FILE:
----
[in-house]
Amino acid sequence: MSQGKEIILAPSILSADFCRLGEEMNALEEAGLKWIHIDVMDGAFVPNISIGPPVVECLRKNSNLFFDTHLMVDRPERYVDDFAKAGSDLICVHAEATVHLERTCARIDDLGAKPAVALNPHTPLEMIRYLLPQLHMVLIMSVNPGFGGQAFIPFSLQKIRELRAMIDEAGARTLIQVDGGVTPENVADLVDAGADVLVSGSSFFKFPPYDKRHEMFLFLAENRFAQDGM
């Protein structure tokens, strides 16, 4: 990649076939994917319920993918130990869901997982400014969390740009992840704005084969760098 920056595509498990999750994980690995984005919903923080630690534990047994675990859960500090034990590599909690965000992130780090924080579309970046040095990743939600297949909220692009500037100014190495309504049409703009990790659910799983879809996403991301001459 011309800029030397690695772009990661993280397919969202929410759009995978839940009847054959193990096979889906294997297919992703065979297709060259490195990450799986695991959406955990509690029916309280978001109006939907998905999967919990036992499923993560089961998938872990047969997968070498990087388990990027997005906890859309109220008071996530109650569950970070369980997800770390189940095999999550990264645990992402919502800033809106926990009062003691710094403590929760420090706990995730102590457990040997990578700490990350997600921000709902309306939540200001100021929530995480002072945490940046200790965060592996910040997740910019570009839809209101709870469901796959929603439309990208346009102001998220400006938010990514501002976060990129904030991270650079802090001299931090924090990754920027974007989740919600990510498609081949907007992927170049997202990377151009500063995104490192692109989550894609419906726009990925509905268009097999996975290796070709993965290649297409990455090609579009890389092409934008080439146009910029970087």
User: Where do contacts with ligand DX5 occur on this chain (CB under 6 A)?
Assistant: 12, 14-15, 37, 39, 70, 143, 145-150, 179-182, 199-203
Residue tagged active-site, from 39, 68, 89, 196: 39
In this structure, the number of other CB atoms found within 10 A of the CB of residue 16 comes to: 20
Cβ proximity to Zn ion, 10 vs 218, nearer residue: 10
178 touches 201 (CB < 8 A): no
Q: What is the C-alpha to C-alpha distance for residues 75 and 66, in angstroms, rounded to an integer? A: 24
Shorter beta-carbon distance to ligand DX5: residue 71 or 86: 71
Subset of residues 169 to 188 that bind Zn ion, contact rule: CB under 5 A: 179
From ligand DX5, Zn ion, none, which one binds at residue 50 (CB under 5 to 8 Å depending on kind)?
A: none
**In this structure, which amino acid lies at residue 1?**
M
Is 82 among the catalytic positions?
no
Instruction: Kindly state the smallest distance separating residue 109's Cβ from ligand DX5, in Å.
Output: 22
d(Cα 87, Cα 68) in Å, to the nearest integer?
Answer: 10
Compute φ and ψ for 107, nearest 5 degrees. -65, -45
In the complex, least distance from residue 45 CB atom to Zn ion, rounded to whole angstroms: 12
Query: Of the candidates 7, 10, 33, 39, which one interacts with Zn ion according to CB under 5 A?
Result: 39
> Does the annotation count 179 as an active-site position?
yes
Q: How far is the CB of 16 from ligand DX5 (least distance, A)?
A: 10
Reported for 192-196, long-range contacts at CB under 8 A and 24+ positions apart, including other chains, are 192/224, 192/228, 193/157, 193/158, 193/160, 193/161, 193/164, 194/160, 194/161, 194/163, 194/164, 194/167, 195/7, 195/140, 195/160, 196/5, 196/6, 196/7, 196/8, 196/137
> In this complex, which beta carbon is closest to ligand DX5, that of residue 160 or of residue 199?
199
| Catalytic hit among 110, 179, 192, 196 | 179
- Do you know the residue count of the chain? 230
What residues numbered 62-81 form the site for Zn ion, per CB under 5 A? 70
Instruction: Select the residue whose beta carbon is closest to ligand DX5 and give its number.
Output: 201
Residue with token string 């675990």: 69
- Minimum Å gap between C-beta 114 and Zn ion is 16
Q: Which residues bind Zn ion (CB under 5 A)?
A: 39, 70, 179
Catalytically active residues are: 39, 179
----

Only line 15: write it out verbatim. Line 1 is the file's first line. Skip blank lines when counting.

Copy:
**In this structure, which amino acid lies at residue 1?**